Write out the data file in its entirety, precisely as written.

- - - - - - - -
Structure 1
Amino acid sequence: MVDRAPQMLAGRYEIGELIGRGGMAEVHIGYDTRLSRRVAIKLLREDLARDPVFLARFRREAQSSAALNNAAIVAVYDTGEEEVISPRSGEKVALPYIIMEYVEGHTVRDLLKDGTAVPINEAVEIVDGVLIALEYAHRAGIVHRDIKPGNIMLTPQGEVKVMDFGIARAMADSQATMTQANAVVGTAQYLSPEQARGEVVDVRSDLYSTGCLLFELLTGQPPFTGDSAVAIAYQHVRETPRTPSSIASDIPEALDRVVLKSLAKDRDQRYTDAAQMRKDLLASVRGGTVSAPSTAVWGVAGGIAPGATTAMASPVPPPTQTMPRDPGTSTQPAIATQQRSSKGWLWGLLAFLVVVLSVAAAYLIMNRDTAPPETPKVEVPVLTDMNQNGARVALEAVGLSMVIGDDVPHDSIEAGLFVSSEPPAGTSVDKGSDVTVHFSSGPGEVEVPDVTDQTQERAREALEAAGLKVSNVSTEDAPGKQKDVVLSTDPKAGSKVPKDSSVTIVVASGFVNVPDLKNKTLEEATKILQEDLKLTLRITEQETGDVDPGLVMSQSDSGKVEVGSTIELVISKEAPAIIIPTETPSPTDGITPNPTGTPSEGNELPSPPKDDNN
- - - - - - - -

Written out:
Structure 1
Amino acid sequence: MVDRAPQMLAGRYEIGELIGRGGMAEVHIGYDTRLSRRVAIKLLREDLARDPVFLARFRREAQSSAALNNAAIVAVYDTGEEEVISPRSGEKVALPYIIMEYVEGHTVRDLLKDGTAVPINEAVEIVDGVLIALEYAHRAGIVHRDIKPGNIMLTPQGEVKVMDFGIARAMADSQATMTQANAVVGTAQYLSPEQARGEVVDVRSDLYSTGCLLFELLTGQPPFTGDSAVAIAYQHVRETPRTPSSIASDIPEALDRVVLKSLAKDRDQRYTDAAQMRKDLLASVRGGTVSAPSTAVWGVAGGIAPGATTAMASPVPPPTQTMPRDPGTSTQPAIATQQRSSKGWLWGLLAFLVVVLSVAAAYLIMNRDTAPPETPKVEVPVLTDMNQNGARVALEAVGLSMVIGDDVPHDSIEAGLFVSSEPPAGTSVDKGSDVTVHFSSGPGEVEVPDVTDQTQERAREALEAAGLKVSNVSTEDAPGKQKDVVLSTDPKAGSKVPKDSSVTIVVASGFVNVPDLKNKTLEEATKILQEDLKLTLRITEQETGDVDPGLVMSQSDSGKVEVGSTIELVISKEAPAIIIPTETPSPTDGITPNPTGTPSEGNELPSPPKDDNN